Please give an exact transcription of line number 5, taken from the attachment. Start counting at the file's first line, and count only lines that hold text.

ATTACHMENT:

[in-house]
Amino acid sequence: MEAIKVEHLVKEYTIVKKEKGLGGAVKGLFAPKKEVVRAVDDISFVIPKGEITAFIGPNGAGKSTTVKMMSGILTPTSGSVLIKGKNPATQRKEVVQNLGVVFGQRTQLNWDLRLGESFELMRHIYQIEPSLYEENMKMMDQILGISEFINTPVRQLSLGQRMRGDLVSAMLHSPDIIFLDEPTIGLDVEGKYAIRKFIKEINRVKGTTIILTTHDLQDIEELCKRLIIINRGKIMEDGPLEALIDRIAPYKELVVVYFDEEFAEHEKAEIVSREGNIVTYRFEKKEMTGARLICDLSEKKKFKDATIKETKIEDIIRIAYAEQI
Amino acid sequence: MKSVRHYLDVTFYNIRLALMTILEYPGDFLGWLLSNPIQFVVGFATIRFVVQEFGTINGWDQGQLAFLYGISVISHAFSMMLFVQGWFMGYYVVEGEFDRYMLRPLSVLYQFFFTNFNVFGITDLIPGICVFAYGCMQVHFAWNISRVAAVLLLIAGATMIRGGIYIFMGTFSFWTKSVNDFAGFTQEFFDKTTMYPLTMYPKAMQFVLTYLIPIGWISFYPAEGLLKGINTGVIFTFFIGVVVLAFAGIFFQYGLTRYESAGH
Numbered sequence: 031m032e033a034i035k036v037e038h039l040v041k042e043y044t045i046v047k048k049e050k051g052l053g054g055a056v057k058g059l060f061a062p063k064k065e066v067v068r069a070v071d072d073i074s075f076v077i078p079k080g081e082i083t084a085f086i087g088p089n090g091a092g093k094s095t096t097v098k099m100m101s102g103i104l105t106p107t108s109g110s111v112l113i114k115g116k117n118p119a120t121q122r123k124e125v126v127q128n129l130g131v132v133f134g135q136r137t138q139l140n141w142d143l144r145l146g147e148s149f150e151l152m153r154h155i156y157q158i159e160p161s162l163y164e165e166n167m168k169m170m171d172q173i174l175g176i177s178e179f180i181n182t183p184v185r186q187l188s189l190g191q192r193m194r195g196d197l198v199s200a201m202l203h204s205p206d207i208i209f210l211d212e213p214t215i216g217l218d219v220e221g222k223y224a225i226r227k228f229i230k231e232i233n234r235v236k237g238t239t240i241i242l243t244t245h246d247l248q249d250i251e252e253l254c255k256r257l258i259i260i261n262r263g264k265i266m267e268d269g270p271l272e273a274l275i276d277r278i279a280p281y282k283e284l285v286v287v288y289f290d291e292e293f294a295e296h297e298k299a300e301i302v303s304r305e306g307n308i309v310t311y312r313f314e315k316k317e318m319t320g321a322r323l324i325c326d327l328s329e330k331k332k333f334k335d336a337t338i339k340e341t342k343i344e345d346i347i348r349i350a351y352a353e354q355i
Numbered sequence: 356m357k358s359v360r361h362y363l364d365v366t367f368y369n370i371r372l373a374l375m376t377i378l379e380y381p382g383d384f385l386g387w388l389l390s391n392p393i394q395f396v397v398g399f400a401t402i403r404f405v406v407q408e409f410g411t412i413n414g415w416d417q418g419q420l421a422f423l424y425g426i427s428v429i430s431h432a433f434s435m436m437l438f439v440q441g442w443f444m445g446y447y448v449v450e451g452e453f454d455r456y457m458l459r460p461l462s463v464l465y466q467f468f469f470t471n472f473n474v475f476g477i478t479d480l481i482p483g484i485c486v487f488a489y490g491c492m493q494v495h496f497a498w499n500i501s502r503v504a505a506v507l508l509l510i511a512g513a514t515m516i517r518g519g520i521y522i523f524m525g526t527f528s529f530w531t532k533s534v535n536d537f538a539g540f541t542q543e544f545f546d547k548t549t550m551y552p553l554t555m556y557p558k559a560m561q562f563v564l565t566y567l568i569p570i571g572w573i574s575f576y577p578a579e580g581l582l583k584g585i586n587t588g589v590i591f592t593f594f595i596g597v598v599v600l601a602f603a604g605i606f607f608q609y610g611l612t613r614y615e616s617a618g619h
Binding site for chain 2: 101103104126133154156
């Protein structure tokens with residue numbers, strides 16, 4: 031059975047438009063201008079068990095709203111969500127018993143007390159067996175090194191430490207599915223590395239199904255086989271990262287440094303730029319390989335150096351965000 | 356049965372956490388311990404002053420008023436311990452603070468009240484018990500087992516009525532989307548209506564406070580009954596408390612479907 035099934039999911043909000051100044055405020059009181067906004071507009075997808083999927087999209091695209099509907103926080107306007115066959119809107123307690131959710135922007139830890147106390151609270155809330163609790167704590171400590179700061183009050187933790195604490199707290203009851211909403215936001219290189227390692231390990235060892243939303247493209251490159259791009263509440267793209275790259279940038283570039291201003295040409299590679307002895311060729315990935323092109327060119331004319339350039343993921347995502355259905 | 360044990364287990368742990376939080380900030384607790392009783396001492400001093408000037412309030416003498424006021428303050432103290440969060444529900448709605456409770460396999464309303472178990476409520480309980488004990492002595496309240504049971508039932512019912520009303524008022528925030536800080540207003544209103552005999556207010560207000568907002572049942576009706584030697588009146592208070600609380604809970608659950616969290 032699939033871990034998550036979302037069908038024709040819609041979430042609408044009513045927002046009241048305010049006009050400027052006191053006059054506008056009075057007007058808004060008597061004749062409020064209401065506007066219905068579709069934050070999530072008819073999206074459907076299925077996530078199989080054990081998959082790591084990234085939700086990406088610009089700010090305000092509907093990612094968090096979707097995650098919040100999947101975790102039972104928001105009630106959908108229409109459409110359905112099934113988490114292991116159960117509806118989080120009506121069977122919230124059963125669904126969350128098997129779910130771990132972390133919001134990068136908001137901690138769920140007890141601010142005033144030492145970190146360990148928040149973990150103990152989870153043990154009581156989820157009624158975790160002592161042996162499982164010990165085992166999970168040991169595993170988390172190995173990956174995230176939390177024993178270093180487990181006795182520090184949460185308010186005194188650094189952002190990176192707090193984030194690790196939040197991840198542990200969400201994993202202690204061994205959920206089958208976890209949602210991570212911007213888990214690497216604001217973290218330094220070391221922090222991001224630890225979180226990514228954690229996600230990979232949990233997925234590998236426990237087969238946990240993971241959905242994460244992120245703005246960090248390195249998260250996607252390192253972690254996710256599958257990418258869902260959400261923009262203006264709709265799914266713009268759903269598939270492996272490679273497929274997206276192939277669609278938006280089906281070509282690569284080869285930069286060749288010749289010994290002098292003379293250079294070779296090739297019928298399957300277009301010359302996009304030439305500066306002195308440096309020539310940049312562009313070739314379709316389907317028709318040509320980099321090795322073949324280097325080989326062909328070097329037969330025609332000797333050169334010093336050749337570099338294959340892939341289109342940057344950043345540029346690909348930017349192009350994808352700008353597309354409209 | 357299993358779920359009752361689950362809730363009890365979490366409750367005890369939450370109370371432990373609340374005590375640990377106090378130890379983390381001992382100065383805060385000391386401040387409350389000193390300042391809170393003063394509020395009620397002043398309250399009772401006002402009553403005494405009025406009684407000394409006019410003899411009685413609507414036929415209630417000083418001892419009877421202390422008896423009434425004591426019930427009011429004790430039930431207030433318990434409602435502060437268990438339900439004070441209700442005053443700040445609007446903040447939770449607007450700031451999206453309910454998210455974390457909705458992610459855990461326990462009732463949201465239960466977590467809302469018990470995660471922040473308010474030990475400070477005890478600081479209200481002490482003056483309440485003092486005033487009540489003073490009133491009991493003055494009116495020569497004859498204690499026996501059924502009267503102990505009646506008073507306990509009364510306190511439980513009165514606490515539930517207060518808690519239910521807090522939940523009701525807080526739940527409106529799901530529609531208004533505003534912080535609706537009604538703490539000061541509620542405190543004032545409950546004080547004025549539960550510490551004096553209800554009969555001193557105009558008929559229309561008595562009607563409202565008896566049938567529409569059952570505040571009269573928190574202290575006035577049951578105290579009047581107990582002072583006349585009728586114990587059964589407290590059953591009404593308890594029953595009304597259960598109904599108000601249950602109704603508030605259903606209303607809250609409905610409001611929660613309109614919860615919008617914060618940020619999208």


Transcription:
Numbered sequence: 356m357k358s359v360r361h362y363l364d365v366t367f368y369n370i371r372l373a374l375m376t377i378l379e380y381p382g383d384f385l386g387w388l389l390s391n392p393i394q395f396v397v398g399f400a401t402i403r404f405v406v407q408e409f410g411t412i413n414g415w416d417q418g419q420l421a422f423l424y425g426i427s428v429i430s431h432a433f434s435m436m437l438f439v440q441g442w443f444m445g446y447y448v449v450e451g452e453f454d455r456y457m458l459r460p461l462s463v464l465y466q467f468f469f470t471n472f473n474v475f476g477i478t479d480l481i482p483g484i485c486v487f488a489y490g491c492m493q494v495h496f497a498w499n500i501s502r503v504a505a506v507l508l509l510i511a512g513a514t515m516i517r518g519g520i521y522i523f524m525g526t527f528s529f530w531t532k533s534v535n536d537f538a539g540f541t542q543e544f545f546d547k548t549t550m551y552p553l554t555m556y557p558k559a560m561q562f563v564l565t566y567l568i569p570i571g572w573i574s575f576y577p578a579e580g581l582l583k584g585i586n587t588g589v590i591f592t593f594f595i596g597v598v599v600l601a602f603a604g605i606f607f608q609y610g611l612t613r614y615e616s617a618g619h